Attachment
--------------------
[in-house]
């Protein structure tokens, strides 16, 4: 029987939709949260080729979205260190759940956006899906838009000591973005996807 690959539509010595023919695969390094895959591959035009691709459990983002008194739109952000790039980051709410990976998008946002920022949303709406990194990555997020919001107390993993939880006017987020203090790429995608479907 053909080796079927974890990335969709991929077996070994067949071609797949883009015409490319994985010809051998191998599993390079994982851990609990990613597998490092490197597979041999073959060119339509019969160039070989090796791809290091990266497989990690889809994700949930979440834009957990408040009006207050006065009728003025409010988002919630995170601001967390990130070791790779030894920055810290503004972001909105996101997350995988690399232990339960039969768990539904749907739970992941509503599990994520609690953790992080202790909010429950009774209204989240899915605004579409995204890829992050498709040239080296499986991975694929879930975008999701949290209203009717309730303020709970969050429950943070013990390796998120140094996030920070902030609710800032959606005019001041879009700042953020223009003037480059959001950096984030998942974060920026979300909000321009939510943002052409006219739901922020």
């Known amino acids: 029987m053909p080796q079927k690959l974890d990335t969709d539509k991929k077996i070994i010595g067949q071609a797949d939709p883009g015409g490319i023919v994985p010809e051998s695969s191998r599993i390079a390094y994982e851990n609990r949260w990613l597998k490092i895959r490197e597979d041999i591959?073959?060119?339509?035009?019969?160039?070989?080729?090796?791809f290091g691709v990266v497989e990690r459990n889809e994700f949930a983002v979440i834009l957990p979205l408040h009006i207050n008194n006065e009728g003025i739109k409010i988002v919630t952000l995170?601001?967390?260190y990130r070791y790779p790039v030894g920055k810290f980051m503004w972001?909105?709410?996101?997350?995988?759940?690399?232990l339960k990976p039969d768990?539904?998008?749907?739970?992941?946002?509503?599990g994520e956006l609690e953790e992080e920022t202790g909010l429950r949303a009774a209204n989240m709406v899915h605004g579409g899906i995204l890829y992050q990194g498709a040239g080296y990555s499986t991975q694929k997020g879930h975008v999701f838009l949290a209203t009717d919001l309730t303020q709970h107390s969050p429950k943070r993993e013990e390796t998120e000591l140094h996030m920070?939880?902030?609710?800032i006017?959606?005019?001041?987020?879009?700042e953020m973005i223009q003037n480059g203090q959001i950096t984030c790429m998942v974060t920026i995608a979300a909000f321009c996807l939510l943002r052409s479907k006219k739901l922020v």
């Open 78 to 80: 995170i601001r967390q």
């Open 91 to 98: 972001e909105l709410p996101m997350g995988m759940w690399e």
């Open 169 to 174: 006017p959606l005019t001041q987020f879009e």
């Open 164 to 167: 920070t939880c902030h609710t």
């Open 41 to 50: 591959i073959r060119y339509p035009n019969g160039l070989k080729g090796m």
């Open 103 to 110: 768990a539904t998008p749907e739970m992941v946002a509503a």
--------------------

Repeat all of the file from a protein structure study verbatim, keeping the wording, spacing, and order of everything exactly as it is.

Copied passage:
[in-house]
């Protein structure tokens, strides 16, 4: 029987939709949260080729979205260190759940956006899906838009000591973005996807 690959539509010595023919695969390094895959591959035009691709459990983002008194739109952000790039980051709410990976998008946002920022949303709406990194990555997020919001107390993993939880006017987020203090790429995608479907 053909080796079927974890990335969709991929077996070994067949071609797949883009015409490319994985010809051998191998599993390079994982851990609990990613597998490092490197597979041999073959060119339509019969160039070989090796791809290091990266497989990690889809994700949930979440834009957990408040009006207050006065009728003025409010988002919630995170601001967390990130070791790779030894920055810290503004972001909105996101997350995988690399232990339960039969768990539904749907739970992941509503599990994520609690953790992080202790909010429950009774209204989240899915605004579409995204890829992050498709040239080296499986991975694929879930975008999701949290209203009717309730303020709970969050429950943070013990390796998120140094996030920070902030609710800032959606005019001041879009700042953020223009003037480059959001950096984030998942974060920026979300909000321009939510943002052409006219739901922020």
């Known amino acids: 029987m053909p080796q079927k690959l974890d990335t969709d539509k991929k077996i070994i010595g067949q071609a797949d939709p883009g015409g490319i023919v994985p010809e051998s695969s191998r599993i390079a390094y994982e851990n609990r949260w990613l597998k490092i895959r490197e597979d041999i591959?073959?060119?339509?035009?019969?160039?070989?080729?090796?791809f290091g691709v990266v497989e990690r459990n889809e994700f949930a983002v979440i834009l957990p979205l408040h009006i207050n008194n006065e009728g003025i739109k409010i988002v919630t952000l995170?601001?967390?260190y990130r070791y790779p790039v030894g920055k810290f980051m503004w972001?909105?709410?996101?997350?995988?759940?690399?232990l339960k990976p039969d768990?539904?998008?749907?739970?992941?946002?509503?599990g994520e956006l609690e953790e992080e920022t202790g909010l429950r949303a009774a209204n989240m709406v899915h605004g579409g899906i995204l890829y992050q990194g498709a040239g080296y990555s499986t991975q694929k997020g879930h975008v999701f838009l949290a209203t009717d919001l309730t303020q709970h107390s969050p429950k943070r993993e013990e390796t998120e000591l140094h996030m920070?939880?902030?609710?800032i006017?959606?005019?001041?987020?879009?700042e953020m973005i223009q003037n480059g203090q959001i950096t984030c790429m998942v974060t920026i995608a979300a909000f321009c996807l939510l943002r052409s479907k006219k739901l922020v």
């Open 78 to 80: 995170i601001r967390q």
């Open 91 to 98: 972001e909105l709410p996101m997350g995988m759940w690399e």
């Open 169 to 174: 006017p959606l005019t001041q987020f879009e």
């Open 164 to 167: 920070t939880c902030h609710t």
């Open 41 to 50: 591959i073959r060119y339509p035009n019969g160039l070989k080729g090796m």
């Open 103 to 110: 768990a539904t998008p749907e739970m992941v946002a509503a």